Months after artwork from the world over left the Kochi shore in March, organisers of the Kochi-Muziris Biennale are preparing for the next edition. Sudarshan Shetty was announced the curator and artistic director of the 2016 Biennale at a ceremony in Thiruvananthapuram on Wednesday. The Mumbai-based artist takes over the reigns from Jitish Kallat, who curated the 2014-2015 edition of the Biennale, giving it the theme “The Whorled Explorations”, that saw 94 artists from 33 countries showcase their works. A participant at the first edition of the Biennale (2012-13) — when he placed a monumental sculpture in the lush and overgrown Carbal yard — Shetty is best known for his enigmatic and larger-than-life sculptural installations. The 54-year-old discusses his impressions of the Biennale and his forthcoming projects, some of which he might need to put on hold as he takes on curatorial responsibilities. Excerpts:
When were you approached by the organisers of the Biennale for your appointment as curator?
Around a week or 10 days ago I got a call from Riyas (Komu) and Bose (Krishnamachari) telling me that my name has been proposed. I did not even know that I had been nominated. I immediately said yes, but there was some trepidation and nervousness later, on how I would match up to the success of the last two Biennales. It’s a huge responsibility but I’m comfortable with it now.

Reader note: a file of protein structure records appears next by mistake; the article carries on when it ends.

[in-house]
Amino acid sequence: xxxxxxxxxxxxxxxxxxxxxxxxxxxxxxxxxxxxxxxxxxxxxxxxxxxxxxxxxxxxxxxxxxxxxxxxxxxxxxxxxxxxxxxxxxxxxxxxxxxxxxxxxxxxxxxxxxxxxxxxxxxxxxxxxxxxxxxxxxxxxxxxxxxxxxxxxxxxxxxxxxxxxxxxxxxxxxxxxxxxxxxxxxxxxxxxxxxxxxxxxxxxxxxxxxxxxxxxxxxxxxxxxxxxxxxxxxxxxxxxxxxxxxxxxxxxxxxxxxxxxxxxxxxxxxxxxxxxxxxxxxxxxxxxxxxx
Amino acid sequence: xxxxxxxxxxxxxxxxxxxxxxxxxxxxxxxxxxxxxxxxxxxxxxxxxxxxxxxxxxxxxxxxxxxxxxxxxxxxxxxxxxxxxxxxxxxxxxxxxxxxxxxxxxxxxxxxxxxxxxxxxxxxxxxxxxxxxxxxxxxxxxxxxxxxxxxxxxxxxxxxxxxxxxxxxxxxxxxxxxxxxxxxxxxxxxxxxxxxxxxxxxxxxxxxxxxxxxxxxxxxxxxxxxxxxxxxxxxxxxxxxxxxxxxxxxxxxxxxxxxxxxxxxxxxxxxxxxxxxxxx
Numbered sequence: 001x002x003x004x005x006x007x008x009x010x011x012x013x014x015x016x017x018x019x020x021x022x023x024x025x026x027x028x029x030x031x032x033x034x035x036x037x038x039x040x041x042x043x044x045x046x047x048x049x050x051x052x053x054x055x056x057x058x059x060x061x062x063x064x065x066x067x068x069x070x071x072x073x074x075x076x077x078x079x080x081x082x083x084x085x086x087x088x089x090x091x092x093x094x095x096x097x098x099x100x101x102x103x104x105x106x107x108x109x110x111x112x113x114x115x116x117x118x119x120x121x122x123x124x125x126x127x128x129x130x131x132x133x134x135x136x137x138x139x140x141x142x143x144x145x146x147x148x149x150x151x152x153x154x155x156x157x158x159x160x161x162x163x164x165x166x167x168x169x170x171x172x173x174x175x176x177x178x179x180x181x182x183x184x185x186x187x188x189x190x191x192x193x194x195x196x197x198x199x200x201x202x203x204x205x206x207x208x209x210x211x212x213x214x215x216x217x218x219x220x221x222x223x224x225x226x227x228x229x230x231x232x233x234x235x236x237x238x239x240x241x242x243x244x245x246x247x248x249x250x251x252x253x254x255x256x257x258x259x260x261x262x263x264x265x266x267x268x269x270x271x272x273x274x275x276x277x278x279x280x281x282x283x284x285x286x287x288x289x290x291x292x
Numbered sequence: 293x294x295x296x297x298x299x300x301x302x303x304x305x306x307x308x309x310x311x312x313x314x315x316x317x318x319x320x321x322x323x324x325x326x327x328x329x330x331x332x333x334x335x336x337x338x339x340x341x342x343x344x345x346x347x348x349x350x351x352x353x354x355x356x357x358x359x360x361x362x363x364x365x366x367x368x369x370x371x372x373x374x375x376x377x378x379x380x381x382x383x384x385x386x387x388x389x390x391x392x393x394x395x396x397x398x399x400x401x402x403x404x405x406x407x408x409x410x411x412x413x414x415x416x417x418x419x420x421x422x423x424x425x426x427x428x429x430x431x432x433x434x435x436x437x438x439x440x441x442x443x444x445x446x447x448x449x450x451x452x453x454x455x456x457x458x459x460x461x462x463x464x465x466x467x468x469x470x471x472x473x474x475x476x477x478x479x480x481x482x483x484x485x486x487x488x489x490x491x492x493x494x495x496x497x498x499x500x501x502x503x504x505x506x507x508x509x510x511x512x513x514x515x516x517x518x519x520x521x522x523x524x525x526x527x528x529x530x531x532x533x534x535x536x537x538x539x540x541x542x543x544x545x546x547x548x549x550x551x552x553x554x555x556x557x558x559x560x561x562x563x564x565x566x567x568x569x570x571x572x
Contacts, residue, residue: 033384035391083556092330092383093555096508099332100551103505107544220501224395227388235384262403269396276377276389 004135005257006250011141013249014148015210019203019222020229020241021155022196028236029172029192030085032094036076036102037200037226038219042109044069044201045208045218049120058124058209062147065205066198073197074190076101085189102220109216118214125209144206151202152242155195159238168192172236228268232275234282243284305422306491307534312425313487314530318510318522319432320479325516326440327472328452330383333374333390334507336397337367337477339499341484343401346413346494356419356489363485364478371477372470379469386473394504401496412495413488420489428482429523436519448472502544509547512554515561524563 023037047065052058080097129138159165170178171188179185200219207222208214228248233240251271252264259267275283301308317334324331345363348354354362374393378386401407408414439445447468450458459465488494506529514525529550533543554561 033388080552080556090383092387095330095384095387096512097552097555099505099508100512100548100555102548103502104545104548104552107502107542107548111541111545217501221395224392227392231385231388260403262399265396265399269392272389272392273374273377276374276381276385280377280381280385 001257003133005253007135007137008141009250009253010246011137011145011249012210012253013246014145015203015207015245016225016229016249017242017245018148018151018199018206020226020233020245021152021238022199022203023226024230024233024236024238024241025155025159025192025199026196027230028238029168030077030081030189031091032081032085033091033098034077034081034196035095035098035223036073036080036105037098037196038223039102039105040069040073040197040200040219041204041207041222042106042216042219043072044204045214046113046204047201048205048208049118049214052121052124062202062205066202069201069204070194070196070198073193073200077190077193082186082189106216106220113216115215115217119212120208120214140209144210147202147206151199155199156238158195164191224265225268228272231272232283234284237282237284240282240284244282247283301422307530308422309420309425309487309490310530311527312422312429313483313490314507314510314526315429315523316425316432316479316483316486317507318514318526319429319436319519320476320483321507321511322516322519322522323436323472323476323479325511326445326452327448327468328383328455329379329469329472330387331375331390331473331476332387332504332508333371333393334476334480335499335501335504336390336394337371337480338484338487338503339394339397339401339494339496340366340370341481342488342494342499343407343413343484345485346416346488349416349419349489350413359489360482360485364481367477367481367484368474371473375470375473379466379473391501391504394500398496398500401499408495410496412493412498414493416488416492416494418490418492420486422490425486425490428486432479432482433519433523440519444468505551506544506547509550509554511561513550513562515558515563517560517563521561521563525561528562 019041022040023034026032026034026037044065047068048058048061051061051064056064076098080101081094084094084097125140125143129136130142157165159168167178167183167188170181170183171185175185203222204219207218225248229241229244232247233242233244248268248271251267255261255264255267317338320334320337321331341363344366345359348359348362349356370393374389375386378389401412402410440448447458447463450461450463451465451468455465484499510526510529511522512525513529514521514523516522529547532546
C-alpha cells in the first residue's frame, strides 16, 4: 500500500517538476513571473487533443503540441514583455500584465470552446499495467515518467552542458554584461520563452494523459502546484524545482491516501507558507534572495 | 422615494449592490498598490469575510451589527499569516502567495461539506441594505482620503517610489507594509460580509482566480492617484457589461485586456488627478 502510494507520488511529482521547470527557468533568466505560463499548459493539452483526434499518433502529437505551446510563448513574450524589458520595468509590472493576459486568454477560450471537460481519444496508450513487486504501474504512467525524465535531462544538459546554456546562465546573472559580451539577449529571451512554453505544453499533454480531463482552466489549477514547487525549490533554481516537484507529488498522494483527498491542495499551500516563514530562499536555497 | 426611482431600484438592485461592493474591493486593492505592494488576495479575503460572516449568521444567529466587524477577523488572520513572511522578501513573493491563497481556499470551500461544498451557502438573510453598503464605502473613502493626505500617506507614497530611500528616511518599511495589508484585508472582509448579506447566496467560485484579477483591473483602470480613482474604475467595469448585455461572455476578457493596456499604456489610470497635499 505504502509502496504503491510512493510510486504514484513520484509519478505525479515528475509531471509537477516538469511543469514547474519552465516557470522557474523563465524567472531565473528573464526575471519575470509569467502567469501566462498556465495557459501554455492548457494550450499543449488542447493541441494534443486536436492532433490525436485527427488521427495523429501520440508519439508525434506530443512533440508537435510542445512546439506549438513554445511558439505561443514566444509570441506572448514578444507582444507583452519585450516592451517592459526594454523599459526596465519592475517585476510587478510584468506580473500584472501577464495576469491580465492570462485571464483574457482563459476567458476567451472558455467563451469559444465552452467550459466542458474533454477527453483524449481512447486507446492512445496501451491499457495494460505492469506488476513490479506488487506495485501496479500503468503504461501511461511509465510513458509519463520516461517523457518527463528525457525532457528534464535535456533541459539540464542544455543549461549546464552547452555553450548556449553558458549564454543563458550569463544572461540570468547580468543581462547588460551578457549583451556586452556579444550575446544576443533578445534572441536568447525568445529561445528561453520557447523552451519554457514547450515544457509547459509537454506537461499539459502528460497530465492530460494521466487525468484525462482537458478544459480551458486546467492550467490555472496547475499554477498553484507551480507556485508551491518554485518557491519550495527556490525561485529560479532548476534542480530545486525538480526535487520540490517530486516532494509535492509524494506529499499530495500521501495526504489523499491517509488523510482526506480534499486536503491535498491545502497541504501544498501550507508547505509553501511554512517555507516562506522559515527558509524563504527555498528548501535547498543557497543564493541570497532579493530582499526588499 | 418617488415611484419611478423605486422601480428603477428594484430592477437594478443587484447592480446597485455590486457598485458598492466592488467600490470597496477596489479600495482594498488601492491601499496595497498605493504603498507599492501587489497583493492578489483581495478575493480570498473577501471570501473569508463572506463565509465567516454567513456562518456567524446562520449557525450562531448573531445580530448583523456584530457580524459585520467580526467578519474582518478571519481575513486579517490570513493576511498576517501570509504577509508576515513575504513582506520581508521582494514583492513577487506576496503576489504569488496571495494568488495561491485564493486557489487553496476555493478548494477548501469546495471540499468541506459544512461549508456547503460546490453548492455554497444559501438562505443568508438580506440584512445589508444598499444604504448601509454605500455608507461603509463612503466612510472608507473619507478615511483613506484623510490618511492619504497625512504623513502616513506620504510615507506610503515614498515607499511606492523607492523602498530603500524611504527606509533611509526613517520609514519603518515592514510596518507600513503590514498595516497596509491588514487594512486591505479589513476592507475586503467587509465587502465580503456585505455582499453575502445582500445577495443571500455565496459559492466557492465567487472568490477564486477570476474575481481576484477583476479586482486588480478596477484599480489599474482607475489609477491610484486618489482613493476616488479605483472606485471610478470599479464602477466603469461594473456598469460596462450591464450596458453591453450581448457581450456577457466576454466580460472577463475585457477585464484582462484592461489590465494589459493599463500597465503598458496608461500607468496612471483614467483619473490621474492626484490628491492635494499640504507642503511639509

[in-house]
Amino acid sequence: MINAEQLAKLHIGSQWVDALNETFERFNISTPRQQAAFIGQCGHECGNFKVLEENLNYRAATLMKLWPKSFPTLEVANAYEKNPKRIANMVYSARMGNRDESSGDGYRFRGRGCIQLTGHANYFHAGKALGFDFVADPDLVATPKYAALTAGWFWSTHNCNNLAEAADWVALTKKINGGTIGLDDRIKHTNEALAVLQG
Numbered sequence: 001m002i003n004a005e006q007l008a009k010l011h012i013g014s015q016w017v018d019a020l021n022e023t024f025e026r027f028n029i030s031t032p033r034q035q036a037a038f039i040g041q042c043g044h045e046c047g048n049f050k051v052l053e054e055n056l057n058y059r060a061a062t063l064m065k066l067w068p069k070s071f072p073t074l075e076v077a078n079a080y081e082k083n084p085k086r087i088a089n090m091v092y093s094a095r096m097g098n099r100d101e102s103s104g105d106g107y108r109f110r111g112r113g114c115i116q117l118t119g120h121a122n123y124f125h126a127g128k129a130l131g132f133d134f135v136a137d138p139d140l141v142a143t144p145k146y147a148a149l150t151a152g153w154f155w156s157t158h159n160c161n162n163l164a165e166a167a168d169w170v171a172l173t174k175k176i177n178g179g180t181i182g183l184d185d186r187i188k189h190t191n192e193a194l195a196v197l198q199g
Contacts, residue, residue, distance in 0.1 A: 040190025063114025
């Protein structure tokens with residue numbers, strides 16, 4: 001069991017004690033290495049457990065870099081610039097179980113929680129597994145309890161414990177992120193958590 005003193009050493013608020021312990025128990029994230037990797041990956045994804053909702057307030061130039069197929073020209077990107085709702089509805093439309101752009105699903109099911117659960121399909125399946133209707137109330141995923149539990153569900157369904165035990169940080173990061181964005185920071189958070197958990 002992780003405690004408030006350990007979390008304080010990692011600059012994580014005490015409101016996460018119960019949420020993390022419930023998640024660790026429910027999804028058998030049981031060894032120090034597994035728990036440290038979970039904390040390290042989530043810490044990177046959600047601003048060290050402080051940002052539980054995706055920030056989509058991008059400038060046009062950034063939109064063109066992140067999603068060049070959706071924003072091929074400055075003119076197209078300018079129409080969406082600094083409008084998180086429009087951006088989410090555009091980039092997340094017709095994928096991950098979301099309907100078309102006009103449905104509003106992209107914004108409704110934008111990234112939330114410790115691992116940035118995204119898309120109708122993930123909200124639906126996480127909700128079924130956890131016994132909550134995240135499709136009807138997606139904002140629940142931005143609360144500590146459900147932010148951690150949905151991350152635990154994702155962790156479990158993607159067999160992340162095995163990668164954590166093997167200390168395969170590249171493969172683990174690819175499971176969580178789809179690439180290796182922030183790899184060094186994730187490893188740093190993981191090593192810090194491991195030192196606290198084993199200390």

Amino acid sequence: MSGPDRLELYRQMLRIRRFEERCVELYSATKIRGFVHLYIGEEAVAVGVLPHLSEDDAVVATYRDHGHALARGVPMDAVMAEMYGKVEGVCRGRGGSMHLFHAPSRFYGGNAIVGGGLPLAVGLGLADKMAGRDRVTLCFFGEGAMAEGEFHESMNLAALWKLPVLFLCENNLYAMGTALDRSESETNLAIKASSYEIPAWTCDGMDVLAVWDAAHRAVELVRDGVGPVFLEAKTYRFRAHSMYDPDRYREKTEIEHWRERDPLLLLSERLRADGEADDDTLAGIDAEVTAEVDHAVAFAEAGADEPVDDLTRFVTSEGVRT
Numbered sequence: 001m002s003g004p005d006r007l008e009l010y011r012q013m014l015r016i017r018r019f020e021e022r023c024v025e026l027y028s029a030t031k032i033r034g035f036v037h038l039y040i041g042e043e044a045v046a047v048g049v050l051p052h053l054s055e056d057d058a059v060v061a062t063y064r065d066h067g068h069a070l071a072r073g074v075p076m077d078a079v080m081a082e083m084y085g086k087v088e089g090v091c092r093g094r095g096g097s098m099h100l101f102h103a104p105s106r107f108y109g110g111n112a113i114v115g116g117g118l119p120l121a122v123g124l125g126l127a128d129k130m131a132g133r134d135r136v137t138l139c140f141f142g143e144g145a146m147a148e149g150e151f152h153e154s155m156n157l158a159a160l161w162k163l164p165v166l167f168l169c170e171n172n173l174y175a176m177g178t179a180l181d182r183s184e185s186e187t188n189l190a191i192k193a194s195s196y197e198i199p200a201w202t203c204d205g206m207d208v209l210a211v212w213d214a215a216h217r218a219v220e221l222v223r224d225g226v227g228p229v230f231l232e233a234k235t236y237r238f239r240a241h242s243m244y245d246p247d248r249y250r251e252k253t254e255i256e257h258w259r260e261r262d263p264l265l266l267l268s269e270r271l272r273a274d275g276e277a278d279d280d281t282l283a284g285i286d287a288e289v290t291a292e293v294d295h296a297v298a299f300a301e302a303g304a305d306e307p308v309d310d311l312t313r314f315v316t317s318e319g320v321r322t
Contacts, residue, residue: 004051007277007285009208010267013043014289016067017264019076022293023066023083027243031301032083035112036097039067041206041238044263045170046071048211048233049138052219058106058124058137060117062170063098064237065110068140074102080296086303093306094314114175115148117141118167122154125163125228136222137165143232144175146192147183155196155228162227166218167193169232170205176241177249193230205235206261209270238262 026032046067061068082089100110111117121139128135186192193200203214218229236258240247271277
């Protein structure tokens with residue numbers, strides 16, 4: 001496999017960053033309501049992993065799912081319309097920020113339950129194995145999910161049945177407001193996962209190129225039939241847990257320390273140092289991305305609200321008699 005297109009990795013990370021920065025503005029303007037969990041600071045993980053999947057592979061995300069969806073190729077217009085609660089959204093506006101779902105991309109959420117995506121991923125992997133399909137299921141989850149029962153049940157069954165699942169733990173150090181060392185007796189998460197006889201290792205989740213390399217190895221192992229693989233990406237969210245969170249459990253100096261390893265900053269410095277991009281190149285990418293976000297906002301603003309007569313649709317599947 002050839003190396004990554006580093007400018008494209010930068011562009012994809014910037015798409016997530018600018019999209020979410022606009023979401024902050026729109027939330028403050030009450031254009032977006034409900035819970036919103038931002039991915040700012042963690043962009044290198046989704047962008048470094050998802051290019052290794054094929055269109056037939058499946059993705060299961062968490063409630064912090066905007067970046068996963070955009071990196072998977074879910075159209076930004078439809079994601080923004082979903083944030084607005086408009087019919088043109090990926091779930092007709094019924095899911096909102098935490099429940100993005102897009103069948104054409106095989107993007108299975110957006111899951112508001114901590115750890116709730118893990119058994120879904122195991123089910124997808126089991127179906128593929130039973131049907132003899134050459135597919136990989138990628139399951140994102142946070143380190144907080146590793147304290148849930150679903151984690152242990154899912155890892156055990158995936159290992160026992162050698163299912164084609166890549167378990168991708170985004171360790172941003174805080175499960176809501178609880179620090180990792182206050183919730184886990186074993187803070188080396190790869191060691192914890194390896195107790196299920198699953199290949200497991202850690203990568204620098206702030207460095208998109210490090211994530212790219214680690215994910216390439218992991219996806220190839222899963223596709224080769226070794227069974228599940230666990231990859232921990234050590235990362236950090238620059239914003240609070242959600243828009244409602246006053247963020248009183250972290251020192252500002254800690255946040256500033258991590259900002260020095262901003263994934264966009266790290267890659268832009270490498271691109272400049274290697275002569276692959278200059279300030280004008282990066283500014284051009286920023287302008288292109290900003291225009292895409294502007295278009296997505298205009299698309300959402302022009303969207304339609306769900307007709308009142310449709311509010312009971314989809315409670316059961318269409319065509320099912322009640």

Could you share your vision for the Biennale? What are your impressions of the first two editions?
What I think is not what solely matters. I intend to be democratic about the history of Kochi, what happens there, the kind of work being made. I’ll be researching over the next few months. If I were to describe the first two Biennales in a line, I think the first one was more from the heart, while the second was more intellectually driven; I don’t know what mine is going to be.
The first two editions of the Biennale struggled with finances. How do you intend to deal with that? Also, how would you access the influence of the two editions?
I would imagine that it would be easier to get finances now, because of the enormous reputation that the Biennale has built in a short period. It is the only initiative of its kind in the subcontinent; outside of the market space, where artwork is not seen based on its market value. It is important to promote another way of looking at art — not just according to the price it fetches at auctions, or how influential or established the artist is.
We often associate your work with larger-than-life implementations. Will we see that influence in the Biennale as well?
I can’t avoid that even if I want to, but I will examine the way I look at things and try to be objective. The Biennale will not necessarily have only known names but it will also be about discovering new names. I’m on the verge of diving into it. It is a different role, an opportunity to delve into other peoples’ practises, gather things that could become your own. I haven’t really curated earlier, but in my head I’m always curating, rearranging a display. It is going to be real this time.
Could share details about your forthcoming projects?
Right now, I’m deep into a 40-45 minute long video that I plan to shoot a few months from now. It will be accompanied by a large installation. All that I know is that a huge space will be needed to exhibit it. I will also be participating at the 2016 Sydney Biennale.